Cathy O’Neil’s Weapons of Math Destruction, when it was first published in 2016, sounded an early alarm about the big data algorithms and their potential for social evil. The cover is adorned with a robotic death’s head and the subtitle reads “How Big Data Increases Inequality and Threatens Democracy.”
O’Neil’s book begins with stories that are about data, but don’t really tap into the dangers posed by “big data algorithms.” She relates the origins of baseball analytics, describing the now-common infield shift to the right side to cope with the left-handed hitting Ted Williams in 1946. The modern incarnation of baseball analytics is really all about descriptive statistics and the equivalent of pivot tables – for example, what types and locations of pitches Bryce Harper is good at hitting, and where he hits the ball. A detailed understanding of the data, certainly, but not really a “dangerous” big data algorithm. The same is true of a 1997 legal case she recounts, in which a self-styled expert testified in the sentencing phase of a trial in Texas that blacks were more likely to commit crimes by virtue of their race. A simplistic interpretation of data, and unchanged for a century. Another chapter describes how universities gamed the U.S. News and World Report rankings.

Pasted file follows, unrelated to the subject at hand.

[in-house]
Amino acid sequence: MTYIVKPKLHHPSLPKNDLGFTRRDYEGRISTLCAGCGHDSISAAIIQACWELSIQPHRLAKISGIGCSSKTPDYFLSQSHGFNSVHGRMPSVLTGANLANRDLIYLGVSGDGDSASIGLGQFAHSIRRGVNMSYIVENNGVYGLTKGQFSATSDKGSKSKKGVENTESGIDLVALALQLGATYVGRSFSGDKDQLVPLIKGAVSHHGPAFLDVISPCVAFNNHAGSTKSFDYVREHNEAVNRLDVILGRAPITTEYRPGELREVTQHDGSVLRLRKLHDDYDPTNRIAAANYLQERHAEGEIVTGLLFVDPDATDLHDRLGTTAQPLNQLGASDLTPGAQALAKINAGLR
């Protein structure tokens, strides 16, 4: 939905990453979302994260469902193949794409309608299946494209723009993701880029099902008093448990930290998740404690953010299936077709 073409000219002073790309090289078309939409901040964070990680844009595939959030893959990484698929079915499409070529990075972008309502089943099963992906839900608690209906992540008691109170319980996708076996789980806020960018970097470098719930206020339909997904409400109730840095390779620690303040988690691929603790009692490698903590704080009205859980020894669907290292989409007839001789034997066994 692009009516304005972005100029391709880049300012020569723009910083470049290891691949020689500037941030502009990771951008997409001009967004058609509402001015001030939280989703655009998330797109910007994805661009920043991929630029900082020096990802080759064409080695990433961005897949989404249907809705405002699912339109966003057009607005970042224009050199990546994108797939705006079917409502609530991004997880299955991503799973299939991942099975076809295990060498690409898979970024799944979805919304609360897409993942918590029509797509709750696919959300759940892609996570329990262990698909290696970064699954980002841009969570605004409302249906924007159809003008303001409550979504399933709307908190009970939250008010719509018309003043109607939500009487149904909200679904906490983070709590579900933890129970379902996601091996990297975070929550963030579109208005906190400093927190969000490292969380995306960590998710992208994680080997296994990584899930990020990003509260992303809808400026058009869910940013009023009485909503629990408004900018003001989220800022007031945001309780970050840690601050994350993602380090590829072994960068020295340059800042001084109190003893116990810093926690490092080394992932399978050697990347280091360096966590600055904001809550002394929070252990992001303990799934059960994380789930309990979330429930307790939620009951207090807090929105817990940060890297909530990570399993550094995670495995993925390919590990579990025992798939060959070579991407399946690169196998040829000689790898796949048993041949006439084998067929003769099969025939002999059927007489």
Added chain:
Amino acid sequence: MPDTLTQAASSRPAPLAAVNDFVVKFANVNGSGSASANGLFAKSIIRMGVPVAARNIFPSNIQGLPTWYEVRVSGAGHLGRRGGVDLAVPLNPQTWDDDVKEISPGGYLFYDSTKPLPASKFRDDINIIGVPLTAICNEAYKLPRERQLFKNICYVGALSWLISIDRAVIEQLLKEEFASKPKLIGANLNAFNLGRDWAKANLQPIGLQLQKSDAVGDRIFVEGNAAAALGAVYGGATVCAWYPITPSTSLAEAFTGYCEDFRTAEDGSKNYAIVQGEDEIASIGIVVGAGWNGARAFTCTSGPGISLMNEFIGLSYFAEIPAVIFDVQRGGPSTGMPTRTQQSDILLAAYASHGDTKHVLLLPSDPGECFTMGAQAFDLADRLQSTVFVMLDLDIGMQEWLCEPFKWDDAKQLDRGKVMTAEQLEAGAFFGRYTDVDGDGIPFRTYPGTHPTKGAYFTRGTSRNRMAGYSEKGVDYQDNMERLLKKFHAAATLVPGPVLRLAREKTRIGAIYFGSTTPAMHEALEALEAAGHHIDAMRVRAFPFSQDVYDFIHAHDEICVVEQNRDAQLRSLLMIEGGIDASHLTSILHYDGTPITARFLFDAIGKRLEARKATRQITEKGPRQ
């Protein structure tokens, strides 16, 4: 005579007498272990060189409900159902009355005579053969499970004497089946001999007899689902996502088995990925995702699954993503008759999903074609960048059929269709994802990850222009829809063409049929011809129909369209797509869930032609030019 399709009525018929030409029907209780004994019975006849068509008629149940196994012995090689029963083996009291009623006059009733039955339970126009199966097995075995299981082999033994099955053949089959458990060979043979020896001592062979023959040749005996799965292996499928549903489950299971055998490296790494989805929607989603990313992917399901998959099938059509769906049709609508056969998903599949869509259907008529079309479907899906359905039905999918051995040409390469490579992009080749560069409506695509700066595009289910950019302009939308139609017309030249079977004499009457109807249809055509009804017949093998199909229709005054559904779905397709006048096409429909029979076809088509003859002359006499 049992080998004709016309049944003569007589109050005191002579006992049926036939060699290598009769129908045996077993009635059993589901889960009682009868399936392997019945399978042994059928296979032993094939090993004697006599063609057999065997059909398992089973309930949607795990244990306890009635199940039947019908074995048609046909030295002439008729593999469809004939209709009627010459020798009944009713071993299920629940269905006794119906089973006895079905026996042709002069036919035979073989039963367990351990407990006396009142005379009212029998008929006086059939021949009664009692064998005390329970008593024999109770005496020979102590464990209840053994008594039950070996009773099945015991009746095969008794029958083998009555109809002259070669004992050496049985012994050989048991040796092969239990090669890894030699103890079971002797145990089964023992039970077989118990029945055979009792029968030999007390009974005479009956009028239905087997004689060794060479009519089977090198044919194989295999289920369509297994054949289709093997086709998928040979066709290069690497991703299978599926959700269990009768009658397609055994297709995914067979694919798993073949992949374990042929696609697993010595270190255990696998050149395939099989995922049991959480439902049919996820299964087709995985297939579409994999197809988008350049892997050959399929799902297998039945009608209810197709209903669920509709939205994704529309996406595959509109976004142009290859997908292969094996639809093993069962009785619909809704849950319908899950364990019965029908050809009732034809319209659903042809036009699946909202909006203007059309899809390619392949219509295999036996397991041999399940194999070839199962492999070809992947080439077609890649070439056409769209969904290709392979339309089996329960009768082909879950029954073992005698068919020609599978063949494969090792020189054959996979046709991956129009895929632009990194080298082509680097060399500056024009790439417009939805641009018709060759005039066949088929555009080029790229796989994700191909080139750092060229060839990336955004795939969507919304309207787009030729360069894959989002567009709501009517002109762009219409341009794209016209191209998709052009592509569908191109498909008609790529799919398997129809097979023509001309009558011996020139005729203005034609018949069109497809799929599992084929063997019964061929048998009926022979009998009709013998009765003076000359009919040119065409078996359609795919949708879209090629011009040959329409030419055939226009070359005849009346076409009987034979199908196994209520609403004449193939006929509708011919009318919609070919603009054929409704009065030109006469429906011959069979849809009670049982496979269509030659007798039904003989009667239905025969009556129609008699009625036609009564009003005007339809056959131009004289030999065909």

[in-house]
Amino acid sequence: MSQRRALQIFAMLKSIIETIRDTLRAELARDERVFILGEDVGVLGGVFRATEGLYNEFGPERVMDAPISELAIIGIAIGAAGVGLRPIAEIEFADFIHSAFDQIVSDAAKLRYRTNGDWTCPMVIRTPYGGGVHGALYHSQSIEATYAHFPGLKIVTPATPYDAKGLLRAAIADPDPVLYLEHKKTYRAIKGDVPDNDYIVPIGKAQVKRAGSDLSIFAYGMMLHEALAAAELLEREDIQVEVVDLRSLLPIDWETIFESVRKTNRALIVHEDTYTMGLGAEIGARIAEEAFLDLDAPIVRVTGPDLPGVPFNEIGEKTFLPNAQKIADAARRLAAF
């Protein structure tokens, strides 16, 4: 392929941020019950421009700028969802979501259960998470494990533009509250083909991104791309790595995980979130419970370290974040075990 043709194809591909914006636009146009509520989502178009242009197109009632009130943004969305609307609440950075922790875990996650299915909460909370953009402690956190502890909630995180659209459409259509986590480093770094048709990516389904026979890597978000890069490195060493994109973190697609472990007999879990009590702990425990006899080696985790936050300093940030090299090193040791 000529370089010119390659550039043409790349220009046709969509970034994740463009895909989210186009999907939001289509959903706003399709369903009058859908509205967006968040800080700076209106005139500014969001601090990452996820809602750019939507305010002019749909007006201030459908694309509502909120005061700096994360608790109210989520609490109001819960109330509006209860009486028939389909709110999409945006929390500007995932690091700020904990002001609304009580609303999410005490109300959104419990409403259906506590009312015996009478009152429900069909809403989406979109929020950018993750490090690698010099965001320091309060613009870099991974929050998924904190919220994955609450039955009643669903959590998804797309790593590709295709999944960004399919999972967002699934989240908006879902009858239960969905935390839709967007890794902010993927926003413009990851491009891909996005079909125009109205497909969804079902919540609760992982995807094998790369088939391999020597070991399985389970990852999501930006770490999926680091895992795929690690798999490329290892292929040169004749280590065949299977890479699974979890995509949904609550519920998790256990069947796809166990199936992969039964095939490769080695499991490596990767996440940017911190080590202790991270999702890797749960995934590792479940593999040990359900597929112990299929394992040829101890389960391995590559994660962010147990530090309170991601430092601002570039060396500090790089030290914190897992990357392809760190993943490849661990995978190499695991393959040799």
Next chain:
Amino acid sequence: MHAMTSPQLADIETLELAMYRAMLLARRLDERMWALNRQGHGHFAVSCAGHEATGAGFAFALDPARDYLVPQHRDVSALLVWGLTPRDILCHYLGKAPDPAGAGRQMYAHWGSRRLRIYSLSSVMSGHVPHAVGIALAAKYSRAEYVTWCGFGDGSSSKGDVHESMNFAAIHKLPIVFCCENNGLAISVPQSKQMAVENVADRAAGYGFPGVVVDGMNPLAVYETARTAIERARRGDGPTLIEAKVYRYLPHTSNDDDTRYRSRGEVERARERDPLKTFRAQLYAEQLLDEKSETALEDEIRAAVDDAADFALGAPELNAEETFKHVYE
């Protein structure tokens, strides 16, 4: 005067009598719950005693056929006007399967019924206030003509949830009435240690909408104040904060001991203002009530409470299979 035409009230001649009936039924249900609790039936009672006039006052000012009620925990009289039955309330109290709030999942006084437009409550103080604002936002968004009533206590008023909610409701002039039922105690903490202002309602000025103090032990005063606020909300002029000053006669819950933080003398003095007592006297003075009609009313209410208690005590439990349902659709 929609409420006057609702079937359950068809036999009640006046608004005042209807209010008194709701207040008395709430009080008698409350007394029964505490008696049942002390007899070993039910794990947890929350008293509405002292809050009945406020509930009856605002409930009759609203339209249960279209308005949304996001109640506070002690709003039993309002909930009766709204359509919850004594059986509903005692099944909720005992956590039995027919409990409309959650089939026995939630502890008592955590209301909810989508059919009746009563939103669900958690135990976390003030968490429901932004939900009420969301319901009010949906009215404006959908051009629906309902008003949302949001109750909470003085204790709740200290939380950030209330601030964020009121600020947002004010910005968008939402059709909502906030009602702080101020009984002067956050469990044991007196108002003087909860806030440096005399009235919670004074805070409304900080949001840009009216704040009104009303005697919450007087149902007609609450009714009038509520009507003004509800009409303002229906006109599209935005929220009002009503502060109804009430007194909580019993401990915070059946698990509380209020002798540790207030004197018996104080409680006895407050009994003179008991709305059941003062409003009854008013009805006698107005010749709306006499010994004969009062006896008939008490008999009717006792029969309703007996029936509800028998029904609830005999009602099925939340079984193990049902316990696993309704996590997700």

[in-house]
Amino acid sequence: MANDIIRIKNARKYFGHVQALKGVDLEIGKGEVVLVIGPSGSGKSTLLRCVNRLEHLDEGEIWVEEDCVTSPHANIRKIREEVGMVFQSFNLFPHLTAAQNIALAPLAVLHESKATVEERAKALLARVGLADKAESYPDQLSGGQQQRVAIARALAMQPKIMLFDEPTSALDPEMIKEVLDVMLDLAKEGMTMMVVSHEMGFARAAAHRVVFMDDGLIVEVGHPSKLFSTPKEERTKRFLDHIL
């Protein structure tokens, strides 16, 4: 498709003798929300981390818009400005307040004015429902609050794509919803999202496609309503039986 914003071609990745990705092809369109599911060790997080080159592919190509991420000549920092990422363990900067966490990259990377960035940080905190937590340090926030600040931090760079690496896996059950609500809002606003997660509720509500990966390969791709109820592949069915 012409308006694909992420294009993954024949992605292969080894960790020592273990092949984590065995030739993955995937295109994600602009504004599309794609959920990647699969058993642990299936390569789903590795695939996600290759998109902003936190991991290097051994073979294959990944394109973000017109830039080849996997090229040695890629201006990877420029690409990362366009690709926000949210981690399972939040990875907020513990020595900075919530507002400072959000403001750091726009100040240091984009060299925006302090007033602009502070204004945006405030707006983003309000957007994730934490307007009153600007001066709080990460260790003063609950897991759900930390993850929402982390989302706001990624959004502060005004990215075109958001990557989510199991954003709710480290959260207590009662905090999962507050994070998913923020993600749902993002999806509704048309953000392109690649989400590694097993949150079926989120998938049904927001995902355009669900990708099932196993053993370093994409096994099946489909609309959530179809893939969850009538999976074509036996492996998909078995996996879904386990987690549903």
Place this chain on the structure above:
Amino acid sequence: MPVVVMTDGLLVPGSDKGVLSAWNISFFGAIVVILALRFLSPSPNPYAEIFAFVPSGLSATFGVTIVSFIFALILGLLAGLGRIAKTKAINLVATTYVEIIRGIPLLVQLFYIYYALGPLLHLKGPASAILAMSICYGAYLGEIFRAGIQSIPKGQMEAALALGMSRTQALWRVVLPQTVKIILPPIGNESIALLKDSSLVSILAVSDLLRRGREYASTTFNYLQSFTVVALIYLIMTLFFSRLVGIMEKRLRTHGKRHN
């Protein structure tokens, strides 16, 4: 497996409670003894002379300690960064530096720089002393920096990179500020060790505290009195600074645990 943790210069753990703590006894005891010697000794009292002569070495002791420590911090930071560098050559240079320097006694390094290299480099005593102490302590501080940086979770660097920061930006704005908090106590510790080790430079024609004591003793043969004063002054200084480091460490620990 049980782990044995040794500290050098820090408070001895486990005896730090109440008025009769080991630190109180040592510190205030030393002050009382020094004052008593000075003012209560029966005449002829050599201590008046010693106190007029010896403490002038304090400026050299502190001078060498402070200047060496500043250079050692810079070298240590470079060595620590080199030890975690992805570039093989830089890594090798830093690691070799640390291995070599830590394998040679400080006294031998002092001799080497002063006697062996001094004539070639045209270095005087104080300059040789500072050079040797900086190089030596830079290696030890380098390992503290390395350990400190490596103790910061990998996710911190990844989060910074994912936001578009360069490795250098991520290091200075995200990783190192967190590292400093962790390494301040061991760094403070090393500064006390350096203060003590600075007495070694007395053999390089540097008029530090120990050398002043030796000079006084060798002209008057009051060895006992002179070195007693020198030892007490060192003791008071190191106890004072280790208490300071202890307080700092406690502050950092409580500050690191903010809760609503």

The chapter “Propaganda Machine” comes closer to the author’s premise, describing large scale predatory online advertising by for-profit colleges, targeting people who are emotionally vulnerable. The plan to target the emotionally-fragile came not from an algorithm, but rather from a college training manual, which led to mass marketing. By 2016 the direction of digital advertising was already clear – algorithmically driven microtargeting. Constantly morphing experiments generate individual-level data about what messaging motivates you as a person, and what doesn’t. It won’t be the same as what motivates your wife or your brother, so you’ll see different ads. The era of mass marketing is being supplanted by the era of individual targeting at scale. Brad Parscale, who handled digital ads for President Trump’s 2016 campaign, described on 60 Minutes the system he set up to make and test ads automatically:
Average day: 50-60 thousands ads. Programmatically. In one day. In one day.
What it is is: what can make people react? What catches their attention? Remember, there’s so much noise on your phone. You know, or on your desktop. What is it that makes it go: Poof! “I’m gonna stop and look.”
Mass media advertising as it evolved in the 1950’s and 1960’s sparked concern that Madison Avenue was manipulating the behavior of consumers. And yet that era pales in comparison with the scope of action for today’s digital advertisers. O’Neil pictures you as a lab animal subjected to a constant flow of subtle yet unremitting manipulative signals and experiments that are informed by your constantly-evolving digital footprint, and by how you reacted to the prior experiment.
Weapons of Math Destruction spends most of its time discussing the bad things people do with data, without benefit of algorithms. The really scary weapons, though, lie at the intersection of this unholy trinity:
CEO’s setting direction for their programmers
Huge amounts of personal data